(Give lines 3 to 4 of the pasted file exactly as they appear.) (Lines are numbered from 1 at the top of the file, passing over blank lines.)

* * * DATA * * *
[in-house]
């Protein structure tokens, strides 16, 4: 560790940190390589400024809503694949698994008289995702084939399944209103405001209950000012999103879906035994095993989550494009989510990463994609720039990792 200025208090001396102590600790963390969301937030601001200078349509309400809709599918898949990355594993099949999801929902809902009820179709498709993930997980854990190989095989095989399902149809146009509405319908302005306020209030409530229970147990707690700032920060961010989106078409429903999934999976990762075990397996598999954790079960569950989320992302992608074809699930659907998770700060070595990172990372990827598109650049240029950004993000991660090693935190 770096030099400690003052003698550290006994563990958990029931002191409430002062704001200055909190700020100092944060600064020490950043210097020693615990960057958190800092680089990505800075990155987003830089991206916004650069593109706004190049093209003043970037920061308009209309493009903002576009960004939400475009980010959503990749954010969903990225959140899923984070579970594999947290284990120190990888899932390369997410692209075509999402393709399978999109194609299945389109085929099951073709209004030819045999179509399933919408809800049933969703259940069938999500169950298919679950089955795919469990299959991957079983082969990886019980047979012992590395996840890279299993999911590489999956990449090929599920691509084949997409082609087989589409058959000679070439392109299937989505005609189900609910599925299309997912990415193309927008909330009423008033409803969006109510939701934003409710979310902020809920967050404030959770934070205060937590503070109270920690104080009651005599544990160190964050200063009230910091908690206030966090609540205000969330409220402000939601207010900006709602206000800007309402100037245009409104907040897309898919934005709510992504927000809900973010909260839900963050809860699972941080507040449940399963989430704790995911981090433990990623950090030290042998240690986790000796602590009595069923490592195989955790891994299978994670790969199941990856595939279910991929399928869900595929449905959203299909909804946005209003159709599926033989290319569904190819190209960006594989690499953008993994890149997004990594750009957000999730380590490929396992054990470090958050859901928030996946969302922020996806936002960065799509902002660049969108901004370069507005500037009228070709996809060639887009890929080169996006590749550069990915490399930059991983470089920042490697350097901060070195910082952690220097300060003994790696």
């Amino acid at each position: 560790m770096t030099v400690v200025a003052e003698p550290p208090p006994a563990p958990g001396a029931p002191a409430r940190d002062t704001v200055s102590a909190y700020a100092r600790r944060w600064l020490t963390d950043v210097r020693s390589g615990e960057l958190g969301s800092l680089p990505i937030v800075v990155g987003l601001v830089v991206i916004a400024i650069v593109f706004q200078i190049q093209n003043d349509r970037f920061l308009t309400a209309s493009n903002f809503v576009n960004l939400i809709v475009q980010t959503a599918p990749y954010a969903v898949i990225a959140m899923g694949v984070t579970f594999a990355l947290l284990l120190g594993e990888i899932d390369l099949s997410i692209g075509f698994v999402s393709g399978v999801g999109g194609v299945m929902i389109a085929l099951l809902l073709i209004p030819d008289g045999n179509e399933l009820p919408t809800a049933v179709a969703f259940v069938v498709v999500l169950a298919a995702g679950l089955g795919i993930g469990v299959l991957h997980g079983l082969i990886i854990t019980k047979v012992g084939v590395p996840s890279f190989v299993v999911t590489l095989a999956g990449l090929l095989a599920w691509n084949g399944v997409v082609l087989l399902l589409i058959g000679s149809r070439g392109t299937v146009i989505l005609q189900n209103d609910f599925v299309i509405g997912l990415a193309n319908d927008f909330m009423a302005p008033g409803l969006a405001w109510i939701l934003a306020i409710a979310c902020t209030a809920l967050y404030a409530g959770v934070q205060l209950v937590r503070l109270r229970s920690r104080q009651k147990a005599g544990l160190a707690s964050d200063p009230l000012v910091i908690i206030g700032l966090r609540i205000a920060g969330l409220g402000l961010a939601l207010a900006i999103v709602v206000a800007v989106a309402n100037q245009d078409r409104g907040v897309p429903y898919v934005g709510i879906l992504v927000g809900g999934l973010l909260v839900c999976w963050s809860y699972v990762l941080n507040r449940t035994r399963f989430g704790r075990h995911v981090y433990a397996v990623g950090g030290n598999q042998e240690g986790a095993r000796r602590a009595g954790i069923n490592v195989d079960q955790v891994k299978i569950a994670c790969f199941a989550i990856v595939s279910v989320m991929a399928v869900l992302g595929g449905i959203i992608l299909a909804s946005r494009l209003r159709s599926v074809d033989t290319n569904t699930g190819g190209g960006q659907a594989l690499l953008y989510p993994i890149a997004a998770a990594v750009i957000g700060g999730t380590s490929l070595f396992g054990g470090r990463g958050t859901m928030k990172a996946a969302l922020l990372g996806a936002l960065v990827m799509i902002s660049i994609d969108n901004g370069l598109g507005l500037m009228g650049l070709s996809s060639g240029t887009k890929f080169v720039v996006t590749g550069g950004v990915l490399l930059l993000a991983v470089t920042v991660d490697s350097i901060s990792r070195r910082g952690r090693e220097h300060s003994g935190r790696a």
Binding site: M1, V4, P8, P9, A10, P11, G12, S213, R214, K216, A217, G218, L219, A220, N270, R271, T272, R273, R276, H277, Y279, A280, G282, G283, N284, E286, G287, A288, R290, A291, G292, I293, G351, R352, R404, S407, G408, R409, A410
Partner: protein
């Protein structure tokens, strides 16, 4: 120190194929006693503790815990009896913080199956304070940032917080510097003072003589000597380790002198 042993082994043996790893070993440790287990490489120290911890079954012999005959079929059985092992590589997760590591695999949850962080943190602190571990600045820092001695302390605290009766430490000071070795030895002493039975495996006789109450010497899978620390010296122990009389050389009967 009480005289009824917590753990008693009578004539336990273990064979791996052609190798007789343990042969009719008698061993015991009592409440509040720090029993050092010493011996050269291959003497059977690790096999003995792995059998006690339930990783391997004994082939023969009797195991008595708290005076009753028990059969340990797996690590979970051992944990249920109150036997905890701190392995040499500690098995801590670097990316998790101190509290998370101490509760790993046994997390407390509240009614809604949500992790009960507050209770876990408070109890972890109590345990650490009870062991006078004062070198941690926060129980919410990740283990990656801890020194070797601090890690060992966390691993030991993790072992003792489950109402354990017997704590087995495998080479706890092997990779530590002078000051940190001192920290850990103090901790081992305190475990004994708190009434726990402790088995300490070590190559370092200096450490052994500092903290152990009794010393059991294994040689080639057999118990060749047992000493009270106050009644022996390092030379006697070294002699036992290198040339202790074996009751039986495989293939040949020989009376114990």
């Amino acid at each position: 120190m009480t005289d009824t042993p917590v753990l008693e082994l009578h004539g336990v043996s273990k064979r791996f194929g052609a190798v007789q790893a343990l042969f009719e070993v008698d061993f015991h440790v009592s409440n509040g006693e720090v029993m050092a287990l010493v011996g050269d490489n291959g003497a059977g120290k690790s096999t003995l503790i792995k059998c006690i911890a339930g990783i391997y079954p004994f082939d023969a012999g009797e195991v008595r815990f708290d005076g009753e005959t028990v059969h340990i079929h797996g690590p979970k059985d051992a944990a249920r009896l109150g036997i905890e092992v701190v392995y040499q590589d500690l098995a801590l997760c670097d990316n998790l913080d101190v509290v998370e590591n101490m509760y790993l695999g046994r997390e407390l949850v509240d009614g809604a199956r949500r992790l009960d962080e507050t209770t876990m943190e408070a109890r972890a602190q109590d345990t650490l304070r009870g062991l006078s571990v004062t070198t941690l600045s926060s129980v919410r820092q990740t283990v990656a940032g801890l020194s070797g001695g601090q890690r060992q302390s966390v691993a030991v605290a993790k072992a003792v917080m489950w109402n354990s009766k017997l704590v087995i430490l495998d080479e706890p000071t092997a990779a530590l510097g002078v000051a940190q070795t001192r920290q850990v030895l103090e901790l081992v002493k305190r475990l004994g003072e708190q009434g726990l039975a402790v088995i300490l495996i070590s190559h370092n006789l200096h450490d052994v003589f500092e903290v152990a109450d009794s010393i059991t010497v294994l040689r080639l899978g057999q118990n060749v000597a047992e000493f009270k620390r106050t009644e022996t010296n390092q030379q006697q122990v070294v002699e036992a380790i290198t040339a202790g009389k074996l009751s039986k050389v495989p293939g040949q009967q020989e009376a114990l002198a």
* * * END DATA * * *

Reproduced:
């Amino acid at each position: 560790m770096t030099v400690v200025a003052e003698p550290p208090p006994a563990p958990g001396a029931p002191a409430r940190d002062t704001v200055s102590a909190y700020a100092r600790r944060w600064l020490t963390d950043v210097r020693s390589g615990e960057l958190g969301s800092l680089p990505i937030v800075v990155g987003l601001v830089v991206i916004a400024i650069v593109f706004q200078i190049q093209n003043d349509r970037f920061l308009t309400a209309s493009n903002f809503v576009n960004l939400i809709v475009q980010t959503a599918p990749y954010a969903v898949i990225a959140m899923g694949v984070t579970f594999a990355l947290l284990l120190g594993e990888i899932d390369l099949s997410i692209g075509f698994v999402s393709g399978v999801g999109g194609v299945m929902i389109a085929l099951l809902l073709i209004p030819d008289g045999n179509e399933l009820p919408t809800a049933v179709a969703f259940v069938v498709v999500l169950a298919a995702g679950l089955g795919i993930g469990v299959l991957h997980g079983l082969i990886i854990t019980k047979v012992g084939v590395p996840s890279f190989v299993v999911t590489l095989a999956g990449l090929l095989a599920w691509n084949g399944v997409v082609l087989l399902l589409i058959g000679s149809r070439g392109t299937v146009i989505l005609q189900n209103d609910f599925v299309i509405g997912l990415a193309n319908d927008f909330m009423a302005p008033g409803l969006a405001w109510i939701l934003a306020i409710a979310c902020t209030a809920l967050y404030a409530g959770v934070q205060l209950v937590r503070l109270r229970s920690r104080q009651k147990a005599g544990l160190a707690s964050d200063p009230l000012v910091i908690i206030g700032l966090r609540i205000a920060g969330l409220g402000l961010a939601l207010a900006i999103v709602v206000a800007v989106a309402n100037q245009d078409r409104g907040v897309p429903y898919v934005g709510i879906l992504v927000g809900g999934l973010l909260v839900c999976w963050s809860y699972v990762l941080n507040r449940t035994r399963f989430g704790r075990h995911v981090y433990a397996v990623g950090g030290n598999q042998e240690g986790a095993r000796r602590a009595g954790i069923n490592v195989d079960q955790v891994k299978i569950a994670c790969f199941a989550i990856v595939s279910v989320m991929a399928v869900l992302g595929g449905i959203i992608l299909a909804s946005r494009l209003r159709s599926v074809d033989t290319n569904t699930g190819g190209g960006q659907a594989l690499l953008y989510p993994i890149a997004a998770a990594v750009i957000g700060g999730t380590s490929l070595f396992g054990g470090r990463g958050t859901m928030k990172a996946a969302l922020l990372g996806a936002l960065v990827m799509i902002s660049i994609d969108n901004g370069l598109g507005l500037m009228g650049l070709s996809s060639g240029t887009k890929f080169v720039v996006t590749g550069g950004v990915l490399l930059l993000a991983v470089t920042v991660d490697s350097i901060s990792r070195r910082g952690r090693e220097h300060s003994g935190r790696a």
Binding site: M1, V4, P8, P9, A10, P11, G12, S213, R214, K216, A217, G218, L219, A220, N270, R271, T272, R273, R276, H277, Y279, A280, G282, G283, N284, E286, G287, A288, R290, A291, G292, I293, G351, R352, R404, S407, G408, R409, A410